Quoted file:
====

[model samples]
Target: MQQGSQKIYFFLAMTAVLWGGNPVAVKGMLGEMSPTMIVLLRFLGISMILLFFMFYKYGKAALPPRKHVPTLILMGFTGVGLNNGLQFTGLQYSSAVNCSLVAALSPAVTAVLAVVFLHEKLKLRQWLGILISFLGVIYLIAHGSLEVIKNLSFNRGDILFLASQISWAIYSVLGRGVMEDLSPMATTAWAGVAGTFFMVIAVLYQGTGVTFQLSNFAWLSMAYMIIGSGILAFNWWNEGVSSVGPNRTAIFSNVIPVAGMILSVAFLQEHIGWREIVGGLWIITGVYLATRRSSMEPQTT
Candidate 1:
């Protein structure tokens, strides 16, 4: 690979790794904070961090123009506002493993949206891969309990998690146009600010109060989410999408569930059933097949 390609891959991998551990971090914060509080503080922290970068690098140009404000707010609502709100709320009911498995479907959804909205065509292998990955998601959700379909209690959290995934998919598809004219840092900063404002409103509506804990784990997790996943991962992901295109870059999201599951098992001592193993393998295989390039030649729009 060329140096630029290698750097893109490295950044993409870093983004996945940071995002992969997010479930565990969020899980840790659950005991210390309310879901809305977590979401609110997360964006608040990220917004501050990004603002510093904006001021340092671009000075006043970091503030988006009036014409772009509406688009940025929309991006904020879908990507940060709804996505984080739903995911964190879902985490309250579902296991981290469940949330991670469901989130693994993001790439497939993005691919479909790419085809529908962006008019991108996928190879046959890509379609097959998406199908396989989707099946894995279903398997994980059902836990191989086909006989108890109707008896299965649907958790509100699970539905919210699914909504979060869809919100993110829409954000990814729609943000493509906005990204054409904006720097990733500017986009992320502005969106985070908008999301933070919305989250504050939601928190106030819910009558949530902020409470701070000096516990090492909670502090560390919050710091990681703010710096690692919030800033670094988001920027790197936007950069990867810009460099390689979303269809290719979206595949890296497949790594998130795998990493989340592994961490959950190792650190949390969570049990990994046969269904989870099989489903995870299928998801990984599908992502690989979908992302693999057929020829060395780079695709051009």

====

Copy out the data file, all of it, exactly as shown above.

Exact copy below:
[model samples]
Target: MQQGSQKIYFFLAMTAVLWGGNPVAVKGMLGEMSPTMIVLLRFLGISMILLFFMFYKYGKAALPPRKHVPTLILMGFTGVGLNNGLQFTGLQYSSAVNCSLVAALSPAVTAVLAVVFLHEKLKLRQWLGILISFLGVIYLIAHGSLEVIKNLSFNRGDILFLASQISWAIYSVLGRGVMEDLSPMATTAWAGVAGTFFMVIAVLYQGTGVTFQLSNFAWLSMAYMIIGSGILAFNWWNEGVSSVGPNRTAIFSNVIPVAGMILSVAFLQEHIGWREIVGGLWIITGVYLATRRSSMEPQTT
Candidate 1:
């Protein structure tokens, strides 16, 4: 690979790794904070961090123009506002493993949206891969309990998690146009600010109060989410999408569930059933097949 390609891959991998551990971090914060509080503080922290970068690098140009404000707010609502709100709320009911498995479907959804909205065509292998990955998601959700379909209690959290995934998919598809004219840092900063404002409103509506804990784990997790996943991962992901295109870059999201599951098992001592193993393998295989390039030649729009 060329140096630029290698750097893109490295950044993409870093983004996945940071995002992969997010479930565990969020899980840790659950005991210390309310879901809305977590979401609110997360964006608040990220917004501050990004603002510093904006001021340092671009000075006043970091503030988006009036014409772009509406688009940025929309991006904020879908990507940060709804996505984080739903995911964190879902985490309250579902296991981290469940949330991670469901989130693994993001790439497939993005691919479909790419085809529908962006008019991108996928190879046959890509379609097959998406199908396989989707099946894995279903398997994980059902836990191989086909006989108890109707008896299965649907958790509100699970539905919210699914909504979060869809919100993110829409954000990814729609943000493509906005990204054409904006720097990733500017986009992320502005969106985070908008999301933070919305989250504050939601928190106030819910009558949530902020409470701070000096516990090492909670502090560390919050710091990681703010710096690692919030800033670094988001920027790197936007950069990867810009460099390689979303269809290719979206595949890296497949790594998130795998990493989340592994961490959950190792650190949390969570049990990994046969269904989870099989489903995870299928998801990984599908992502690989979908992302693999057929020829060395780079695709051009």